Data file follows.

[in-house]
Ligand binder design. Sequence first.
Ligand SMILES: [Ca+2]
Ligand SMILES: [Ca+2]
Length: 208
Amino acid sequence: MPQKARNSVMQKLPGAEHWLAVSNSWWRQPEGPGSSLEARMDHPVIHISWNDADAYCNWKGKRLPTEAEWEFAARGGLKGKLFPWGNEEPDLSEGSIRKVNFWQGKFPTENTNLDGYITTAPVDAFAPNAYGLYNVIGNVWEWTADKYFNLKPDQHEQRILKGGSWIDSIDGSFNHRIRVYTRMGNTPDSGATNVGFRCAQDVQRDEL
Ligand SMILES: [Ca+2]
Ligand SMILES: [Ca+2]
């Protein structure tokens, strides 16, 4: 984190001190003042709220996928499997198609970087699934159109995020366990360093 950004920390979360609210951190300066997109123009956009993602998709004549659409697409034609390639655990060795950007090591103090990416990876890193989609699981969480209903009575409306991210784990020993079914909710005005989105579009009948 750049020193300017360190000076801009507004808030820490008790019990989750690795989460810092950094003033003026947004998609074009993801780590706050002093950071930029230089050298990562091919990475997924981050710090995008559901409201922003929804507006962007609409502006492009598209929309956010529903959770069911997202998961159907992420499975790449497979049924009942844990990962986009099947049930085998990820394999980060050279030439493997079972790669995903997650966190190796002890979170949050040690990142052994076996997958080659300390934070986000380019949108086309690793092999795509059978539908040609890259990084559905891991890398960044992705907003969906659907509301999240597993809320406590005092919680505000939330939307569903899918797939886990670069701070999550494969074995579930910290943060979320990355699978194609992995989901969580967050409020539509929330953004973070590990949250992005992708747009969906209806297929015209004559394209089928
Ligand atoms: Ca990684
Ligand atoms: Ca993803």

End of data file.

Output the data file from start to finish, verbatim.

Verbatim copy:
[in-house]
Ligand binder design. Sequence first.
Ligand SMILES: [Ca+2]
Ligand SMILES: [Ca+2]
Length: 208
Amino acid sequence: MPQKARNSVMQKLPGAEHWLAVSNSWWRQPEGPGSSLEARMDHPVIHISWNDADAYCNWKGKRLPTEAEWEFAARGGLKGKLFPWGNEEPDLSEGSIRKVNFWQGKFPTENTNLDGYITTAPVDAFAPNAYGLYNVIGNVWEWTADKYFNLKPDQHEQRILKGGSWIDSIDGSFNHRIRVYTRMGNTPDSGATNVGFRCAQDVQRDEL
Ligand SMILES: [Ca+2]
Ligand SMILES: [Ca+2]
């Protein structure tokens, strides 16, 4: 984190001190003042709220996928499997198609970087699934159109995020366990360093 950004920390979360609210951190300066997109123009956009993602998709004549659409697409034609390639655990060795950007090591103090990416990876890193989609699981969480209903009575409306991210784990020993079914909710005005989105579009009948 750049020193300017360190000076801009507004808030820490008790019990989750690795989460810092950094003033003026947004998609074009993801780590706050002093950071930029230089050298990562091919990475997924981050710090995008559901409201922003929804507006962007609409502006492009598209929309956010529903959770069911997202998961159907992420499975790449497979049924009942844990990962986009099947049930085998990820394999980060050279030439493997079972790669995903997650966190190796002890979170949050040690990142052994076996997958080659300390934070986000380019949108086309690793092999795509059978539908040609890259990084559905891991890398960044992705907003969906659907509301999240597993809320406590005092919680505000939330939307569903899918797939886990670069701070999550494969074995579930910290943060979320990355699978194609992995989901969580967050409020539509929330953004973070590990949250992005992708747009969906209806297929015209004559394209089928
Ligand atoms: Ca990684
Ligand atoms: Ca993803």